This structure, referred to as a “flowerpot,” is an isolated pillar of the Niagaran dolomite. It is on an island just off the tip of the Bruce Peninsula.

Local life. Fossils of the Niagaran formation found locally include reef-forming corals (including antler forms and large lumps such as Cladopora reticulata, Halysites catenularia and Favosites niagarensis). Other attached forms include rugose (horn) corals (Asthenophyllum racinensis, Dalmanophyllum wisconsinensis, Pycnostylus guelphensis); bryozoans (Fenestrellina spp., Hallopora ellengantula, Pachydicta crassa); calcareous algae (e.g., the plum-shaped green lump Calathium egerodae); and stromatoporids. Chert nodules are thought to have been derived from the hard parts of sponges (great for arrowheads, lousy for stone crushing machines), but at least one identifiable fossil sponge is known, Calathium sp. The diverse brachiopods include Eospirifer(Spirifer) radiatus, Apopentamerus racinensis, Leptotaena (Leptaena)  rhomboidelis, Rhynchotreta cuneata, Atrypa reticularis niagarensis, Schucheretella subplana, Uncinulus stricklandi, Meristina maria, Conchidium laqueatum, Kikidium, and Wilsonella. There also are several species of crinoids (Crotalocrinites cora, Lampterocrinus infatus, Marsupiocrinus chicagoensis, Siphanocrinus nobilus, Eucalyptocrinus crassus, Periechocrinus infelix), and crinoid-like cystoid echinoderms (Caryocrinites ornatus, Holocystites alternatus)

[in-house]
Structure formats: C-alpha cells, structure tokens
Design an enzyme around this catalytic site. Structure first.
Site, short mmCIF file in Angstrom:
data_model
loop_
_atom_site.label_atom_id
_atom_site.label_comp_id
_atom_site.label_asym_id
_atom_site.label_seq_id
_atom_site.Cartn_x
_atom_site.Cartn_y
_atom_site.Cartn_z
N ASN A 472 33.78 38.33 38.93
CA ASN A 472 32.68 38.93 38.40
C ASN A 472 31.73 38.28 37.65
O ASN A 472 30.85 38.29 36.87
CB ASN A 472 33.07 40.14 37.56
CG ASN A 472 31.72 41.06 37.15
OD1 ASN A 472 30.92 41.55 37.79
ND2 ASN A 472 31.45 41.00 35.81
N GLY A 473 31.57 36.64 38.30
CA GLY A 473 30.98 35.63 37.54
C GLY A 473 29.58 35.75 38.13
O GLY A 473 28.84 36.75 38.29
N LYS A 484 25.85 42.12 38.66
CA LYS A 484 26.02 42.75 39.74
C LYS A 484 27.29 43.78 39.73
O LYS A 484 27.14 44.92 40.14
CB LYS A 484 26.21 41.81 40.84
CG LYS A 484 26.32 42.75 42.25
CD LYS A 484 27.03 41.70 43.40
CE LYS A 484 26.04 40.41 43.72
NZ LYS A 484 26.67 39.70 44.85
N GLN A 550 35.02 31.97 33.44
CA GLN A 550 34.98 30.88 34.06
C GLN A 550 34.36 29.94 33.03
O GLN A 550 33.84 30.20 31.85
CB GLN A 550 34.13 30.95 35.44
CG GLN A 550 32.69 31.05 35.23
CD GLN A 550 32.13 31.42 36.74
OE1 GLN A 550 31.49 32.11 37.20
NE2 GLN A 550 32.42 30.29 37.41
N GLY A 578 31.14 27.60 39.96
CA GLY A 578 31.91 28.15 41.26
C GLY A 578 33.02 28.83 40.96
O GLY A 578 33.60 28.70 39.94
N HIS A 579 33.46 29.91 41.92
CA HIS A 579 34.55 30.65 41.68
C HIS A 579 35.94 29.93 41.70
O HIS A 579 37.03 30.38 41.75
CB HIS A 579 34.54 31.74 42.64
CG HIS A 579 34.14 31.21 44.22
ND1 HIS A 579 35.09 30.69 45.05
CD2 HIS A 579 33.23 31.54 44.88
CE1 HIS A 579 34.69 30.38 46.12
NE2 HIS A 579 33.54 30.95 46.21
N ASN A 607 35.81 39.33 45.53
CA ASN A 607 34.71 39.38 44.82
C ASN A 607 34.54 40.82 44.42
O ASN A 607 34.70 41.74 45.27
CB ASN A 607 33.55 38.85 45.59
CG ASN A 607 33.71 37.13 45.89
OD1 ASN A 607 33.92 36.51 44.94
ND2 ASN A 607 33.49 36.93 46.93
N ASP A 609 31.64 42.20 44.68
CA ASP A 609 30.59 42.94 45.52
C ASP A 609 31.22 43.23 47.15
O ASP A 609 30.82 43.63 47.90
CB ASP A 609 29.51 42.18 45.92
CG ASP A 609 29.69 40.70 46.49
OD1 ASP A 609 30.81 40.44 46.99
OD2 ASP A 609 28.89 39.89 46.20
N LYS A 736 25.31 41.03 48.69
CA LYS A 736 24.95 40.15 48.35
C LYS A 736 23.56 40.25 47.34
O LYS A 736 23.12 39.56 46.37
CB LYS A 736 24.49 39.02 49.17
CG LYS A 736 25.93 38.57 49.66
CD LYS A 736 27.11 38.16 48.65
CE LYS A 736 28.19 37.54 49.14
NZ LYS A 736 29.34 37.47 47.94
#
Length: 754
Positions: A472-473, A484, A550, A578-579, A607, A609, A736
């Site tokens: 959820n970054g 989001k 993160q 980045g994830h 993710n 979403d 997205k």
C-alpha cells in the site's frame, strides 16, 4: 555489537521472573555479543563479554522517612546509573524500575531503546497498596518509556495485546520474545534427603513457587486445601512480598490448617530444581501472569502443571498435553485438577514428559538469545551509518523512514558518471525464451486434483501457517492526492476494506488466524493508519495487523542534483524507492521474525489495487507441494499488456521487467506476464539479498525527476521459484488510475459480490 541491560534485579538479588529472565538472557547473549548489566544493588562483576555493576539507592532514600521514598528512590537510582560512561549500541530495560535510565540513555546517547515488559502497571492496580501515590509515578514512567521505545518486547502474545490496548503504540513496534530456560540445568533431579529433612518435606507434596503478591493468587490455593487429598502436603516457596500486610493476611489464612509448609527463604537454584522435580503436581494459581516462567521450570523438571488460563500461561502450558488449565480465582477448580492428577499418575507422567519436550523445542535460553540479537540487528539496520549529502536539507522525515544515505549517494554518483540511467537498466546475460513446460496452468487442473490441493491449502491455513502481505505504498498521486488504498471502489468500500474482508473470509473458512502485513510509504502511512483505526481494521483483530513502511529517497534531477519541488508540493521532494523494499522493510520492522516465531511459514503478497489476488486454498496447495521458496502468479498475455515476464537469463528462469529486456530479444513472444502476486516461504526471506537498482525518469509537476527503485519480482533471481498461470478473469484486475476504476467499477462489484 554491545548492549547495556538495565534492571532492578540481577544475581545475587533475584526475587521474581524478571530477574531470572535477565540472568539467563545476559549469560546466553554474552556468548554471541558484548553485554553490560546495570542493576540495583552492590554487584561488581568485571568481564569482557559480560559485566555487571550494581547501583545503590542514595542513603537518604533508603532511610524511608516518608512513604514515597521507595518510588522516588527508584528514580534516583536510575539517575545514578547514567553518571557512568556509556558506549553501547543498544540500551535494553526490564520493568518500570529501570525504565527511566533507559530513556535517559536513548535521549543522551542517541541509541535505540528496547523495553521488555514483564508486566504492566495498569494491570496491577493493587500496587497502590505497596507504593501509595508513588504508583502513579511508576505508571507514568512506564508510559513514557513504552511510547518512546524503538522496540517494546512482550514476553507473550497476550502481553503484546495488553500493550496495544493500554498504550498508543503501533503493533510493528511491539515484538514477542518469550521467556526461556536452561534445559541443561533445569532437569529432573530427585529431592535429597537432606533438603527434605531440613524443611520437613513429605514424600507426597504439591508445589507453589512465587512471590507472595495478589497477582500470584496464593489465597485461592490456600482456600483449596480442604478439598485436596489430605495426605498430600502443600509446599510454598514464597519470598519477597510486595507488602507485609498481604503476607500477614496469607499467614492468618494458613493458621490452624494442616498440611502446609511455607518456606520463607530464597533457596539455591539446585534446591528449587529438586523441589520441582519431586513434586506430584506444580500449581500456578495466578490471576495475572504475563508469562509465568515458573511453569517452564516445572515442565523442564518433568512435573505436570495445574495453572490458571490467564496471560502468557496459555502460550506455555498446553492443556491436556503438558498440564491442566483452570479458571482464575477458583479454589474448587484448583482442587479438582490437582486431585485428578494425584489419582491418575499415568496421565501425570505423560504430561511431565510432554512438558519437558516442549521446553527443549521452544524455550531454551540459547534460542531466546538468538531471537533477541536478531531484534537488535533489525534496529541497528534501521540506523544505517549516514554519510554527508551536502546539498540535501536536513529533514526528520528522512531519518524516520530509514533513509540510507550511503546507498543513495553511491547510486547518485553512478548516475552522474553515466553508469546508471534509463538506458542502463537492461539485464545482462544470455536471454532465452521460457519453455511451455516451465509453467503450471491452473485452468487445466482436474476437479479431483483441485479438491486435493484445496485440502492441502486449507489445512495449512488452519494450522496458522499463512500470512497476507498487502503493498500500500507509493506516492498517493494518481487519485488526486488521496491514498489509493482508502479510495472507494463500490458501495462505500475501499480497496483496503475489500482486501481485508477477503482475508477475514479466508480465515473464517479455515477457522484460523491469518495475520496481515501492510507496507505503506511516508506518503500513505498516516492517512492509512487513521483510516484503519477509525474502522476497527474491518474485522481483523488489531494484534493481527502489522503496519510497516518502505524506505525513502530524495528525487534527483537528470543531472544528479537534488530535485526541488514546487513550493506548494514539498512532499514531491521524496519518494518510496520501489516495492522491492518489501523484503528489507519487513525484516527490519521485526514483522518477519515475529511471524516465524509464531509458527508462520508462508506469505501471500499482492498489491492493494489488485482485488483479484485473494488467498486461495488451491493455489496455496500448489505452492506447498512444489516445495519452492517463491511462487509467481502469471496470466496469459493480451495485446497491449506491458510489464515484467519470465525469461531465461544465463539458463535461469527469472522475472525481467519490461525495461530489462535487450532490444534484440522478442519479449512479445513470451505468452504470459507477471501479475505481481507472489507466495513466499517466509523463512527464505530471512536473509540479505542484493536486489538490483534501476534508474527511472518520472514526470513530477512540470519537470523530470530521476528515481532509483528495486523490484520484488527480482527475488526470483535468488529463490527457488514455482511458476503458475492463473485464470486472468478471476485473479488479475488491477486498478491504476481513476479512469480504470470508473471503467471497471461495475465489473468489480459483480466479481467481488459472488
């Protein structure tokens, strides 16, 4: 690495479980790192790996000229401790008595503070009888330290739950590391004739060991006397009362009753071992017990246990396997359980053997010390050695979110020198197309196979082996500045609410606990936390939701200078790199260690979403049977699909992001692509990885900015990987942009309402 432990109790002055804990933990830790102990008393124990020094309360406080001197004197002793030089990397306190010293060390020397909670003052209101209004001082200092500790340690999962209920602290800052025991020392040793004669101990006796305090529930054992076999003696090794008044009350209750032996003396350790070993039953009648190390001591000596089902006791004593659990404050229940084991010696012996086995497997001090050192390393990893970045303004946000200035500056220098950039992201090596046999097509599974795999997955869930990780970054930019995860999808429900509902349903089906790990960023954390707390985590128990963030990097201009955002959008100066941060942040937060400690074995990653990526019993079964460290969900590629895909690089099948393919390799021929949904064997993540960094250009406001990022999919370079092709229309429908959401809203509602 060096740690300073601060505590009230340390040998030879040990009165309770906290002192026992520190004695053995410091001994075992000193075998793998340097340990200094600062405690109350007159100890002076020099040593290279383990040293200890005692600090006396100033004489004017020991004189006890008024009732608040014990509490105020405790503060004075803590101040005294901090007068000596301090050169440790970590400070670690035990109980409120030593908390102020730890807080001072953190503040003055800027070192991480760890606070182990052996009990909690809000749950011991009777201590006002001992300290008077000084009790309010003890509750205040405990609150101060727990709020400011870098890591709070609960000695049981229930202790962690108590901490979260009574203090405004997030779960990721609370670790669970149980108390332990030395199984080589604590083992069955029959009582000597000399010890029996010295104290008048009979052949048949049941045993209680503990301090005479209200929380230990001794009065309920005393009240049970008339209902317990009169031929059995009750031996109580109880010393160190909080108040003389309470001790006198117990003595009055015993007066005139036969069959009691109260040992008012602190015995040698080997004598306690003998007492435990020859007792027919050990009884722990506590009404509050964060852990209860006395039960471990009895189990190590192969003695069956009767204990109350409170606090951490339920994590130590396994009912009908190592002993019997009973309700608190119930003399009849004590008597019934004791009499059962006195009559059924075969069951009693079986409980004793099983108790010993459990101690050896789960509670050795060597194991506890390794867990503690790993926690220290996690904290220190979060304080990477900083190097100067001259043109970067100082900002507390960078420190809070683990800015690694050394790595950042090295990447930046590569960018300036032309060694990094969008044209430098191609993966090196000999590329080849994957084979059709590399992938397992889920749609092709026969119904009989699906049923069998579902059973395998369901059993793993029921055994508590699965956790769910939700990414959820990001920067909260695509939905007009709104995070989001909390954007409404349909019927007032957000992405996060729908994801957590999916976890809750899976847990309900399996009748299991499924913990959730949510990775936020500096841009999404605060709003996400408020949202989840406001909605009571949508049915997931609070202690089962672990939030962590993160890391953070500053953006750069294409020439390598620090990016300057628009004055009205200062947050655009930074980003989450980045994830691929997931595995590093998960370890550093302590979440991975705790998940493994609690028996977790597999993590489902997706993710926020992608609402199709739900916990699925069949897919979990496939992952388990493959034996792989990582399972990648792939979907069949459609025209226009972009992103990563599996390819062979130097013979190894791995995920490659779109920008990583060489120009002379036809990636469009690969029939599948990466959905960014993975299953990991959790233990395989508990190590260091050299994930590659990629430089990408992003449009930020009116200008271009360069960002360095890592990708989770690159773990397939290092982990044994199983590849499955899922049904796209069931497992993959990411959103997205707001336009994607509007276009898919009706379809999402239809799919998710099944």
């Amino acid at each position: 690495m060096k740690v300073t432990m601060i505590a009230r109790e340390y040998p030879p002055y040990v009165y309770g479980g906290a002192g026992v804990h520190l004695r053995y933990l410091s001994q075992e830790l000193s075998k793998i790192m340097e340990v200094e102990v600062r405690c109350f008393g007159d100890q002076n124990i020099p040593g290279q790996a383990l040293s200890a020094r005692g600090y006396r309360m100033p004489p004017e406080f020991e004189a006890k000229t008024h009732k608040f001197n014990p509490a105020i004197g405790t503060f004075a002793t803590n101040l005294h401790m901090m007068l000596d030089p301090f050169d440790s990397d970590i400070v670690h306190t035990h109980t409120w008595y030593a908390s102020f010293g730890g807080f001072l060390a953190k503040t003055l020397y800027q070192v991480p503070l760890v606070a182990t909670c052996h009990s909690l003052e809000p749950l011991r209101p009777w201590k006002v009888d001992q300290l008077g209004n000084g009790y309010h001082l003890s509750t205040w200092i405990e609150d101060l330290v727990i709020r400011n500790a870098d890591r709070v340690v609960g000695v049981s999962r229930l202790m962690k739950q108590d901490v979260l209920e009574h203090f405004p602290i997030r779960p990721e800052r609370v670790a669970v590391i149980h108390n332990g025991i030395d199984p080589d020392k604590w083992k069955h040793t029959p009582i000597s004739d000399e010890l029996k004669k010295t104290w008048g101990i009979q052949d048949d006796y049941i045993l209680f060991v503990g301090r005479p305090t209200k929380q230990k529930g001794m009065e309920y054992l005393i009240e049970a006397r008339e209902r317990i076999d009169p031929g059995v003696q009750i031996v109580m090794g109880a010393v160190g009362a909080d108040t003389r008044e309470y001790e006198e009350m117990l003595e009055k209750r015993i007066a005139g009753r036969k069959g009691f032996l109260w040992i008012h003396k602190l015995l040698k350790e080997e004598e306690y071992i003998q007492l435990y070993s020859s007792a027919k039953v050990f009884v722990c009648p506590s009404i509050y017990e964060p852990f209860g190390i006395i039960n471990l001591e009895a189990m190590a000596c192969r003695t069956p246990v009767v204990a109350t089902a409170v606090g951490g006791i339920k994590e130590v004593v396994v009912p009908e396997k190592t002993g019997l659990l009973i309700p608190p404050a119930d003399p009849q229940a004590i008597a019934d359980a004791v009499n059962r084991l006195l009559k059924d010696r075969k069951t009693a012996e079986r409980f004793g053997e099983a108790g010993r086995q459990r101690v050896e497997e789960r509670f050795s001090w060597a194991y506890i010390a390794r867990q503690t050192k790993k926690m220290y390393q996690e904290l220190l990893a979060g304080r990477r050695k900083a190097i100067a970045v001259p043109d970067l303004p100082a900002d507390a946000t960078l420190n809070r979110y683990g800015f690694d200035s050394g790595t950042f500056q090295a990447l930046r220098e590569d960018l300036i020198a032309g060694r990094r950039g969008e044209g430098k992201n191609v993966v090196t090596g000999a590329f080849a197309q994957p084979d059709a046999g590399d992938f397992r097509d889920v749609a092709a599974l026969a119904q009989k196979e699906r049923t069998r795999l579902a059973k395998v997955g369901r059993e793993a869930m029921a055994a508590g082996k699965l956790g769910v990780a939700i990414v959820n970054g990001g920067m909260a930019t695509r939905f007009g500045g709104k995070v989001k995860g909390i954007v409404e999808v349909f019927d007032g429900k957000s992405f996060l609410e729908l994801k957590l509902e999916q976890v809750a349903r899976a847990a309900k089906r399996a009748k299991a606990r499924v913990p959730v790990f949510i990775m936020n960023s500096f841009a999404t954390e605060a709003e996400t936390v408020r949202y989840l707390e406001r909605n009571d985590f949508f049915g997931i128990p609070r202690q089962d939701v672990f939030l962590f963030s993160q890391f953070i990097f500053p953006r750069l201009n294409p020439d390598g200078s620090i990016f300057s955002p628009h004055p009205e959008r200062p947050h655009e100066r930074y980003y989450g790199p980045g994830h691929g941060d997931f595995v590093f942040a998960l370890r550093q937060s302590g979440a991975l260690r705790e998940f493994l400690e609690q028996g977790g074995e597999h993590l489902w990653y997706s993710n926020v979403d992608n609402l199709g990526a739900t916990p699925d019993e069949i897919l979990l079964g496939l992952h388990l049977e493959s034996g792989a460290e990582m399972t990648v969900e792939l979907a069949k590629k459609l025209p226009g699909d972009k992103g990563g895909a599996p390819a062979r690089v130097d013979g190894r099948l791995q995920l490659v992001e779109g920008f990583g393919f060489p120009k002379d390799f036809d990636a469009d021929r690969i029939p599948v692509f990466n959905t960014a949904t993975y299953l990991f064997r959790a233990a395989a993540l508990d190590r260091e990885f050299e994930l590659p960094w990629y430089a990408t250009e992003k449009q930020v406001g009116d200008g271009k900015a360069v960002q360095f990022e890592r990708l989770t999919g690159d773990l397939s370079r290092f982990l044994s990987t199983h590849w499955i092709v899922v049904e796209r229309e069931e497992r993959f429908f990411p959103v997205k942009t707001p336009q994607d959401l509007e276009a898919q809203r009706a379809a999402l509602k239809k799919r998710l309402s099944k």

This diorama is part of the Evolving Planet exhibit at the Field Museum of Natural History. It portrays a Silurian reef.

Mobile life forms include trilobites (Bumastus niagarensis, B. harrisi, B. insignis, Calymene celebra, C. niagarensis, Arctinurus chicagoensis, Dalmanites sp., [=?] Dalmanella platycordata), and mollusks (snails Euomphalopterus halei, Tremanotus alphaeus, T. chicagoensis, Straparollus magnus, Lophospira rotunda, Phanerotrema occidens; pelecypods Mytilarca denticostia, Matheria recta; straight-shelled cephalopods Amphicyrtoceras orcas, Dawsonoceras bridgeportensis, Kionoceras orus, K. cancellatum; and at least one coil-shelled species, Discoceras marshi).

This fossil trilobite is in one of the Silurian dolomite flagstones at Fullersburg Woods, mined from the Lemont Quarry and used by the Civilian Conservation Corps in its construction projects at that forest preserve.

The earlier Alexandrian series, also dolomite, has the brachiopods Platymerella manniensis, Microcardinalia pyriformis, and Pentamerus oblongus.

Vertebrates, i.e., fishes, continued to be relatively uncommon through at least most of the Silurian, and apparently fossils of them have not been found locally.